But perhaps, as we’ve lost the skills and excellence associated with old-fashioned cræft, we have actually become less free. Echoing the writings of Matthew Crawford, Langlands writes that “We’re increasingly constrained by computers and a pixelated abridgement of reality that serves only to make us blind to the truly infinite complexity of the nature world. Most critically, our physical movements have been almost entirely removed as a factor in our own existence. Now all we seem to do is press buttons.”

There is, undoubtedly, a degree of balance required in our consideration of ancient crafts. While there’s no doubt we’ve lost important skills throughout the industrial and postindustrial eras, the craftiness necessary to merely maintain survival in ancient times was astounding—and life spans were shorter, and harder, as a result. A recent battle with a broken furnace in our nineteenth-century home reminded me just how privileged I am to not have to rely on a fireplace for survival: for warmth, cooking, washing, and bathing. Chopping and carrying wood is good physical exercise. Keeping a hearty fire going throughout the day requires a lot of vigilance and savvy. These are excellent skills to have. But I confess, I’m thankful I do not have to rely on those skills for my daily bread and daughter’s warmth.

It’s true, however, that we’ve discarded more than Thomas Hobbes’s “poor, nasty, brutish, and short” existence with our embrace of modern industrialization and technology. There are many things that are better when done by hand: better for the earth, better for our bodies and souls, even qualitatively better in and of themselves. A simple comparison of Wonder Bread and homemade sourdough bread helps illustrate this. Langlands argues for the skep in beekeeping because, he has found, it’s better for the bees. He argues for the plow because the modern farm has mechanized itself to the point of solitary exhaustion (and has debilitated both soil and animal in the process). He argues for locally crafted wool garments and rugs because he’s found them to last longer and bring more warmth to their owner than factory-created alternatives. In abandoning cræft, we haven’t just become weaker (physically, mentally, and spiritually). We’ve fallen prey to a monochrome and cheapened version of reality.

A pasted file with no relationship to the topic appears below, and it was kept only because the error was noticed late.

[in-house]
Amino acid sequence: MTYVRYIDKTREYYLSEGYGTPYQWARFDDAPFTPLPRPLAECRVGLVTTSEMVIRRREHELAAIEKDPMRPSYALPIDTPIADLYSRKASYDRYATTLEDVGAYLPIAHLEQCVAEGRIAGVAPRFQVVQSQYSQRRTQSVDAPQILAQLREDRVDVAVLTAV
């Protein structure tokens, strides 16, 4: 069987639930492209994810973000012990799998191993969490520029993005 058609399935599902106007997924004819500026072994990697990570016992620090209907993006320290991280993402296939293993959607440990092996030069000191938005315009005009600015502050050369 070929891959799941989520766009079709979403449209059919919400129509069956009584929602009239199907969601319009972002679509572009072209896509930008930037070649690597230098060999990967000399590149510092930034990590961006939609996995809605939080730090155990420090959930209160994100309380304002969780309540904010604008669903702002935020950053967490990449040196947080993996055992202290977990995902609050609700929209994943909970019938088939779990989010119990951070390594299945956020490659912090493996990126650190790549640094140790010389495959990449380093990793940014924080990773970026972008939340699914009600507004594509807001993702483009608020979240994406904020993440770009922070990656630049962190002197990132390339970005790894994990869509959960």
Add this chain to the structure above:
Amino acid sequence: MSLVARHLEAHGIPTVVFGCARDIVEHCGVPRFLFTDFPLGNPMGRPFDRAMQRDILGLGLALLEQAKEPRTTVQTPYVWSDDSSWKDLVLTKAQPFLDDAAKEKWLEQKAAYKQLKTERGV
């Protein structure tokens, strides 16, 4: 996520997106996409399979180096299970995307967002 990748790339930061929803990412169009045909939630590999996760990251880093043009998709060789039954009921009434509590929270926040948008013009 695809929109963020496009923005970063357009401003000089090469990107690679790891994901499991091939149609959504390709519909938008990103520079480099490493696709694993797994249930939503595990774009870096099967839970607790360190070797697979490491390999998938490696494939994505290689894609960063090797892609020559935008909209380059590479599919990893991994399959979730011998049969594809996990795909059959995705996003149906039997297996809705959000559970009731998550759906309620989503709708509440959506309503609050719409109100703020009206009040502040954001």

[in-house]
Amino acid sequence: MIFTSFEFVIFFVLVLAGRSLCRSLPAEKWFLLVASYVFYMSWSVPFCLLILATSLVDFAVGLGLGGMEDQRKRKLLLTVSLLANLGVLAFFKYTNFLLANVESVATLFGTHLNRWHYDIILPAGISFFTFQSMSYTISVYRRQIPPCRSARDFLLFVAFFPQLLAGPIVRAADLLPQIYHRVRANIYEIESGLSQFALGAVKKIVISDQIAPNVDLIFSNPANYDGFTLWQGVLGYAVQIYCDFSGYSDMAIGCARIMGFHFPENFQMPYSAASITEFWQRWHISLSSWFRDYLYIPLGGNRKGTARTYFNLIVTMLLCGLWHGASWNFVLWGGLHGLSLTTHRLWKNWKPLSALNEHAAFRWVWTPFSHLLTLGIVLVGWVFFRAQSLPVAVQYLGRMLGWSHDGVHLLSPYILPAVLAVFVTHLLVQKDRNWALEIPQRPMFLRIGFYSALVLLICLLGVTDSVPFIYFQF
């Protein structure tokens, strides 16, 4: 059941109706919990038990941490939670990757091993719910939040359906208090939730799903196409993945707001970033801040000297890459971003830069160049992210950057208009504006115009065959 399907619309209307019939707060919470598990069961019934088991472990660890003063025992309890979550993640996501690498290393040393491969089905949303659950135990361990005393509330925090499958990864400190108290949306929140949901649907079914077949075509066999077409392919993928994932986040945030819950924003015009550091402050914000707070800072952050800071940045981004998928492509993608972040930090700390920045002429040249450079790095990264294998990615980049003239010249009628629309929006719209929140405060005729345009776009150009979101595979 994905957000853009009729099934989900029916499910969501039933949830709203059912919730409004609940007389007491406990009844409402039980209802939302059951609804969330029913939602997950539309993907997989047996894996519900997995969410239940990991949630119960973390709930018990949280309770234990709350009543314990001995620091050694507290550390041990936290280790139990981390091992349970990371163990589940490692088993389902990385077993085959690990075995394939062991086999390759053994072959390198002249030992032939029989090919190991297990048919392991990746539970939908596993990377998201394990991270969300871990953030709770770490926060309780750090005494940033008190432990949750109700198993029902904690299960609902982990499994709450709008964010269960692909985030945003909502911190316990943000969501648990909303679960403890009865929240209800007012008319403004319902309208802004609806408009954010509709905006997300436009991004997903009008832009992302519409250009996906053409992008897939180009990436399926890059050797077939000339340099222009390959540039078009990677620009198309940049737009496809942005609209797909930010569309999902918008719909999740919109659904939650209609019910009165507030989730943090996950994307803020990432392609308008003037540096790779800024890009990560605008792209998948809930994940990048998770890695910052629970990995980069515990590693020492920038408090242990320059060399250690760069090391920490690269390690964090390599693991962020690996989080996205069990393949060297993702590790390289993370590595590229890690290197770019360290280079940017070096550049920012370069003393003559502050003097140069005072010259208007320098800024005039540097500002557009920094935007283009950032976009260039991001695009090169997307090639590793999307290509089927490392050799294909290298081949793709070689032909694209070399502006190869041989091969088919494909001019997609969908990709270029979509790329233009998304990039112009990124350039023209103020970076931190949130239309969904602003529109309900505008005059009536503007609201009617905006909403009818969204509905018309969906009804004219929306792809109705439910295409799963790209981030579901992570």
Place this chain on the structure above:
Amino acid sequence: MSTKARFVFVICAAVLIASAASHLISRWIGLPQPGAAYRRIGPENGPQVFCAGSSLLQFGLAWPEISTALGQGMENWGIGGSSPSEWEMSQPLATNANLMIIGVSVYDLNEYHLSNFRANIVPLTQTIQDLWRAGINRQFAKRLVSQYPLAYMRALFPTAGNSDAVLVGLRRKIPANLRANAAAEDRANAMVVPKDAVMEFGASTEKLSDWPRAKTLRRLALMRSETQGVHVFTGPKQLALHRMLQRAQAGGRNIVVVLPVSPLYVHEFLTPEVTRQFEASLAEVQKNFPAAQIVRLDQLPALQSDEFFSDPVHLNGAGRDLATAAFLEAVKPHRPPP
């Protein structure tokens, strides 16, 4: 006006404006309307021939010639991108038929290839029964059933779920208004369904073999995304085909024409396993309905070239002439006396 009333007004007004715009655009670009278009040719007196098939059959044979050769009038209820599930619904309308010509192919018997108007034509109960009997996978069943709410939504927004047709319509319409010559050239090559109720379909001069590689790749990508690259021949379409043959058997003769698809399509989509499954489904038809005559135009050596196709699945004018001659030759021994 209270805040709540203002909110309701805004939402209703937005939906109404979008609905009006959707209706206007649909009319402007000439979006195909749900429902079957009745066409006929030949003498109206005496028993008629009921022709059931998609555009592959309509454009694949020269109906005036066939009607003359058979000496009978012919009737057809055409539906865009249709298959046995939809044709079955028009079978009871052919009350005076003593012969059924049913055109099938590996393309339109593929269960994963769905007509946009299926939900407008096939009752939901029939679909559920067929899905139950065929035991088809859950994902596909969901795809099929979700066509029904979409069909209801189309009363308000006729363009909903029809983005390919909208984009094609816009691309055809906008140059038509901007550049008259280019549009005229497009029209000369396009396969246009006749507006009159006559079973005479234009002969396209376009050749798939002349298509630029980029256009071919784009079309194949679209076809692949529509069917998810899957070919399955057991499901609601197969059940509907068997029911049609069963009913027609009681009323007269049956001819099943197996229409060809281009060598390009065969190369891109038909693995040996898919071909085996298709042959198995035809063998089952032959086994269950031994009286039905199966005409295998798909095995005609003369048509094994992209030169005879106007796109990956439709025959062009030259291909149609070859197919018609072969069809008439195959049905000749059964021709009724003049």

While some of the skills described in Cræft (such as thatching and haymaking) are more intriguing than they are inspiring to the average reader, others are decidedly applicable to everyday life. One of my favorite cræfts explored in Langlands’s book is hedging:

In any productive flower, vegetable, or fruit garden, a tightly clipped hedge is almost a necessity, and the more hedged borders one can afford to maintain the better. While their roots can stabilize and help to contain garden soil, a tight-knit hedge’s chief benefit lies in its role as a screen of dense foliage. This can provide a barrier against wind-borne weed seed ingress. It can also offer a wind shield to more delicate plants in the garden.… And, as any amateur ornithologist will tell you, a good hedge attracts garden birds, which in turn do an excellent job of keeping insects at bay.… [T]he art of topiary is really just an extension of a fundamental garden craft.